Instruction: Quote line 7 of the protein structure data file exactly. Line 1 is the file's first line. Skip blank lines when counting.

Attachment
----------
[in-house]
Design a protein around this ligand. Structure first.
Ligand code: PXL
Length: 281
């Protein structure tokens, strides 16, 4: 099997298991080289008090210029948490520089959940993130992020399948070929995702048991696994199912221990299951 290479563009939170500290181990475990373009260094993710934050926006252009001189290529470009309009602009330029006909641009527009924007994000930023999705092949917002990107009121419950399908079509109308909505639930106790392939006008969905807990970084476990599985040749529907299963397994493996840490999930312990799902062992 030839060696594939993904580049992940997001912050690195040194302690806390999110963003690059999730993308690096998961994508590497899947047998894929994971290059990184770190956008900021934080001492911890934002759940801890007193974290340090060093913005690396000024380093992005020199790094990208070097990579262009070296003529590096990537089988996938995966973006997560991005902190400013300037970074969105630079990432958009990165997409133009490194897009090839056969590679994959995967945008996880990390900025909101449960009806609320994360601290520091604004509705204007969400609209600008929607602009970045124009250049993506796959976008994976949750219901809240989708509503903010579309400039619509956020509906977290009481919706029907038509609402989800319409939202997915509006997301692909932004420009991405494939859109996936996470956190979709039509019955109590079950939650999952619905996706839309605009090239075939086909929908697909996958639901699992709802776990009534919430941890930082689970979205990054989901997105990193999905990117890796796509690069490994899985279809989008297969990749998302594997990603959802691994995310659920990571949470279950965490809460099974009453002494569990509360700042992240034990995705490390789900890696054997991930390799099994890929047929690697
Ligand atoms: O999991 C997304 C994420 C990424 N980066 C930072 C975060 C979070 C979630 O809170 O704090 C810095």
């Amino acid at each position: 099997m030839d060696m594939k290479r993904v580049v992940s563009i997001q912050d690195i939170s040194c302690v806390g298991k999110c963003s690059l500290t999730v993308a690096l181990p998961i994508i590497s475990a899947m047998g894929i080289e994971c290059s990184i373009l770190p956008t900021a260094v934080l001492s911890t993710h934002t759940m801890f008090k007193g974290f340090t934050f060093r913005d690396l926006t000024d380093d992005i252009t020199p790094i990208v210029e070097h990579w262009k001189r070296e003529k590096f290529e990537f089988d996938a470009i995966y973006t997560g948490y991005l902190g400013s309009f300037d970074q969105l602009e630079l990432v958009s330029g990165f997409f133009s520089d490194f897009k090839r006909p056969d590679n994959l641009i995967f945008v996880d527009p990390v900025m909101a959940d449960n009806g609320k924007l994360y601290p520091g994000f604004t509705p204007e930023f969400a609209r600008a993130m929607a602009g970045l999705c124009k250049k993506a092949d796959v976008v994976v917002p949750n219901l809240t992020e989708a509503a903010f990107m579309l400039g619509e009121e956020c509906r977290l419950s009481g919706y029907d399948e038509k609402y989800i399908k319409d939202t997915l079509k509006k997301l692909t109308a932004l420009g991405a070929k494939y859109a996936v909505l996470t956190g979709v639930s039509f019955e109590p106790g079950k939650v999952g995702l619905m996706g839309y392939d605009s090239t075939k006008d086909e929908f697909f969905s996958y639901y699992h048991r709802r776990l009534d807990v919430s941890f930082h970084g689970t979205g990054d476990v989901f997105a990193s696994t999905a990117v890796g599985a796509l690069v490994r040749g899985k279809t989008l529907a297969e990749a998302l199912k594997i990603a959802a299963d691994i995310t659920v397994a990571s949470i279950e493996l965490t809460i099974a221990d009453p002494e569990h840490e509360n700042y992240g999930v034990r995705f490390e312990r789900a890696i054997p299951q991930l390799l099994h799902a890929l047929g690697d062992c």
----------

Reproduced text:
């Amino acid at each position: 099997m030839d060696m594939k290479r993904v580049v992940s563009i997001q912050d690195i939170s040194c302690v806390g298991k999110c963003s690059l500290t999730v993308a690096l181990p998961i994508i590497s475990a899947m047998g894929i080289e994971c290059s990184i373009l770190p956008t900021a260094v934080l001492s911890t993710h934002t759940m801890f008090k007193g974290f340090t934050f060093r913005d690396l926006t000024d380093d992005i252009t020199p790094i990208v210029e070097h990579w262009k001189r070296e003529k590096f290529e990537f089988d996938a470009i995966y973006t997560g948490y991005l902190g400013s309009f300037d970074q969105l602009e630079l990432v958009s330029g990165f997409f133009s520089d490194f897009k090839r006909p056969d590679n994959l641009i995967f945008v996880d527009p990390v900025m909101a959940d449960n009806g609320k924007l994360y601290p520091g994000f604004t509705p204007e930023f969400a609209r600008a993130m929607a602009g970045l999705c124009k250049k993506a092949d796959v976008v994976v917002p949750n219901l809240t992020e989708a509503a903010f990107m579309l400039g619509e009121e956020c509906r977290l419950s009481g919706y029907d399948e038509k609402y989800i399908k319409d939202t997915l079509k509006k997301l692909t109308a932004l420009g991405a070929k494939y859109a996936v909505l996470t956190g979709v639930s039509f019955e109590p106790g079950k939650v999952g995702l619905m996706g839309y392939d605009s090239t075939k006008d086909e929908f697909f969905s996958y639901y699992h048991r709802r776990l009534d807990v919430s941890f930082h970084g689970t979205g990054d476990v989901f997105a990193s696994t999905a990117v890796g599985a796509l690069v490994r040749g899985k279809t989008l529907a297969e990749a998302l199912k594997i990603a959802a299963d691994i995310t659920v397994a990571s949470i279950e493996l965490t809460i099974a221990d009453p002494e569990h840490e509360n700042y992240g999930v034990r995705f490390e312990r789900a890696i054997p299951q991930l390799l099994h799902a890929l047929g690697d062992c």